We are a community that understands how difficult public service is. We appreciate those who serve. However, we cannot overlook our city’s long-term instability in the position of city manager.
It has cost us dearly in disruption and distraction.
Now, in a pandemic with government services more in demand, major projects in negotiation that will affect Frankfort for generations and outside investors sizing up whether to have confidence in our city, terminating the city manager without good cause is reckless.
Over years and through many elections, voters have questioned why Frankfort’s city commission slides into factionalism that plays out in the city manager’s job. We see discord, confusion in roles, competition for who gets credit.
Out of the public eye, there has been a disturbing pattern of controlling the city manager by creating job insecurity early in their tenure. A city manager’s job hangs by just three votes. Talented city managers have watched their back and looked quickly for an exit plan.
Are these inherent problems in the city manager form of government? Is there a political culture unique to Frankfort that is sustained by individuals who hold office over a long time? Are roles poorly defined in statute and ordinance? Should we elect to be governed under another of the three alternatives in state law? The questions are many. What is clear is that we cannot continue on this roller coaster.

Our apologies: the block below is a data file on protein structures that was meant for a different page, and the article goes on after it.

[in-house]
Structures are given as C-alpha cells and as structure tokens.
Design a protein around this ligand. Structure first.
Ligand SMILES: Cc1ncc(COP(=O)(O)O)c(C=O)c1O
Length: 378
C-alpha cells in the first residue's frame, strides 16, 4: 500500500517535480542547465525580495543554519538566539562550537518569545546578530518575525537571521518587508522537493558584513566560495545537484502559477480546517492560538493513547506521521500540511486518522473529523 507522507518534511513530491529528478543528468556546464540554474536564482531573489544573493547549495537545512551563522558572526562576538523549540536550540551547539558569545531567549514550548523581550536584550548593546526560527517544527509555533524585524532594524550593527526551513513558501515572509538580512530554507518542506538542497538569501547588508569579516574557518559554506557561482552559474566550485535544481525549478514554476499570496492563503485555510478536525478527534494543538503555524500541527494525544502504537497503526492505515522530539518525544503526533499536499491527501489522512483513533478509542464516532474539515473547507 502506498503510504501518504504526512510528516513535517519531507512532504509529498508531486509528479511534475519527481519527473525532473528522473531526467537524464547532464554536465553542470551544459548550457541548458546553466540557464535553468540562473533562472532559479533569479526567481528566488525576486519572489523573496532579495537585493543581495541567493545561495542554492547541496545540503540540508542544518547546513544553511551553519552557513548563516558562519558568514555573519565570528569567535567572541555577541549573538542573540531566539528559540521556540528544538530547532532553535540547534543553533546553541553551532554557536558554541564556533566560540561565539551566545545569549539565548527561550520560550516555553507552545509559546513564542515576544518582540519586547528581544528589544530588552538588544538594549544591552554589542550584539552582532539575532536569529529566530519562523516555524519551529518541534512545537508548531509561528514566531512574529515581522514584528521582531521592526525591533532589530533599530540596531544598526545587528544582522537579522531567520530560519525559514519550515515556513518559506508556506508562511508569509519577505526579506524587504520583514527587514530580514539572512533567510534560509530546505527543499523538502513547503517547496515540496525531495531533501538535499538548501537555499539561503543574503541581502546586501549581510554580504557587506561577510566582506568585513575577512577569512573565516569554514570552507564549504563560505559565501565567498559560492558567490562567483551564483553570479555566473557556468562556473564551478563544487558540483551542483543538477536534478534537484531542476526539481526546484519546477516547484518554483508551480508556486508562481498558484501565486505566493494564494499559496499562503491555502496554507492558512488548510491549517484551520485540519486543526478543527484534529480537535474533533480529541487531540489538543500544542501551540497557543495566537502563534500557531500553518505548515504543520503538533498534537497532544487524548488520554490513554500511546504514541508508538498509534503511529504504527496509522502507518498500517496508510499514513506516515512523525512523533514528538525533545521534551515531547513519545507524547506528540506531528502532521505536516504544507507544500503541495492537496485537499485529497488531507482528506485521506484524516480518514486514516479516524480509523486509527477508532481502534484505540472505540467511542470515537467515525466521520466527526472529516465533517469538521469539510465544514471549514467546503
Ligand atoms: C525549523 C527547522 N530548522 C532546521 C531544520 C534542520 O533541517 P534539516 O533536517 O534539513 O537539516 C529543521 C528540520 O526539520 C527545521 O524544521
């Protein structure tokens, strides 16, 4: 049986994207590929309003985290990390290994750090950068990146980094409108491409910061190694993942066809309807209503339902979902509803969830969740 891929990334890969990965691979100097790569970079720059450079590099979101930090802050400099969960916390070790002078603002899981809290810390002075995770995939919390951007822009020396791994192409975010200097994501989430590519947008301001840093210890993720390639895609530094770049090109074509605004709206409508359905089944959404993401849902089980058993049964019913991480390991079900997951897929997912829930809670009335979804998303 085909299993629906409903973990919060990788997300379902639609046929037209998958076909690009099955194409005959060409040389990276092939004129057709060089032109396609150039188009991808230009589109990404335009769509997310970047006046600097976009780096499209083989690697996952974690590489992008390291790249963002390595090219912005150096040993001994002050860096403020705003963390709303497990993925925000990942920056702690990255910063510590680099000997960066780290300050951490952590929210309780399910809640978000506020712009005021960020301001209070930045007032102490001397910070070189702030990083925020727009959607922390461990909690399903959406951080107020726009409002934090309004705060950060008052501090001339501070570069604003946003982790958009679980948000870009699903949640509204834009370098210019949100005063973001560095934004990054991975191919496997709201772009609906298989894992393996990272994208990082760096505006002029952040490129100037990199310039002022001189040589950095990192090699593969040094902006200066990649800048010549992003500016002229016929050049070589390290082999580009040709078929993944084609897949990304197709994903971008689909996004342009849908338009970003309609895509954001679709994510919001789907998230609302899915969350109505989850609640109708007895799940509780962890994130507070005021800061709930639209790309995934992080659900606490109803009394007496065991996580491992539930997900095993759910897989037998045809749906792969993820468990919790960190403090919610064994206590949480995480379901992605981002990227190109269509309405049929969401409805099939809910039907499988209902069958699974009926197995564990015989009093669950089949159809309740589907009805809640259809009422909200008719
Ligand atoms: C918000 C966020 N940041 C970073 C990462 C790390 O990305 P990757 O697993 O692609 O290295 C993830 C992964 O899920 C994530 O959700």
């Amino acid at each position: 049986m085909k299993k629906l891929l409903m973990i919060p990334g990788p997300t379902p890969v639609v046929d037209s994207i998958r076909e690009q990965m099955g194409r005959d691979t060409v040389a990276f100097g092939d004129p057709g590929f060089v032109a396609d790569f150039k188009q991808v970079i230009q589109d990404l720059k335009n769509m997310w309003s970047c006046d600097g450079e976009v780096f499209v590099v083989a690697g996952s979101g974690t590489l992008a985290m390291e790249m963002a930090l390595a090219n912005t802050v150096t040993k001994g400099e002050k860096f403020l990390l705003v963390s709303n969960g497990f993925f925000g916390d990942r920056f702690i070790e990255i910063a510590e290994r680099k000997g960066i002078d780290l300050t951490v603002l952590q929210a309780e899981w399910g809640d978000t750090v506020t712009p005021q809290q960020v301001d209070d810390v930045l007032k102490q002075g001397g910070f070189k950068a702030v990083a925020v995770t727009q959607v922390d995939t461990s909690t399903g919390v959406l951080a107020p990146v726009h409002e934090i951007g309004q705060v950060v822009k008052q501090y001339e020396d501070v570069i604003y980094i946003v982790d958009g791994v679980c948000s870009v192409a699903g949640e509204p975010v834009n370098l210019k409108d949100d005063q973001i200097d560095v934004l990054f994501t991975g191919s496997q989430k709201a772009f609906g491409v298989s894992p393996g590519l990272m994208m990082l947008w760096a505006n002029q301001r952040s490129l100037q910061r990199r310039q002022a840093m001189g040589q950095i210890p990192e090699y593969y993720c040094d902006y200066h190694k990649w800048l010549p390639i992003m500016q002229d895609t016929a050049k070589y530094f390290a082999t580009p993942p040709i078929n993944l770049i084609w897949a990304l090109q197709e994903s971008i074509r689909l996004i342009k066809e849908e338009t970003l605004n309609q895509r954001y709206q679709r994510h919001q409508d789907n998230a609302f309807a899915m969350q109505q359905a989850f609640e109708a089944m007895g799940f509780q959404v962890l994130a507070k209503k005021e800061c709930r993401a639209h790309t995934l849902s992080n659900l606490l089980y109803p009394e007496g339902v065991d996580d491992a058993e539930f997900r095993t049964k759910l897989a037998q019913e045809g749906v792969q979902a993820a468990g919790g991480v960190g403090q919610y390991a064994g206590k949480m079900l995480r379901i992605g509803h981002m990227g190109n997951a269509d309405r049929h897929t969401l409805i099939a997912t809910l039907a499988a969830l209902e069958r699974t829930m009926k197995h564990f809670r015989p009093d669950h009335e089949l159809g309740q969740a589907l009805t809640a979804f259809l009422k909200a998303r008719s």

We must have a citizens’ commission for the study of city government to analyze these questions, look at other cities and state law, and bring proposals to the public. An election is the time to exact a commitment from every candidate for city office that they will agree to appoint a citizens’ commission, if elected.
The citizens’ commission should begin its work within six months of the installation of the new city commission and have a reasonable budget for research and staff support. Our small city has citizens with exceptional expertise in municipal law, local government and the effective functioning of government to help us with this task.
As we keep our focus on the good — our quality of life, our community spirit, the beauty of our historical downtown and river valley — let us also commit that we will lay a better foundation for Frankfort’s future.
No candidate should be elected to city office in November unless they are willing to support a serious study of our government to propose a better path forward for our city. We can do this, together.
Libby Marshall has lived in downtown Frankfort for 35 years. She is a retired attorney who has served on the boards of the Kentucky Capital Development Corp. and Frankfort Independent Schools. She can be reached at firstname.lastname@example.org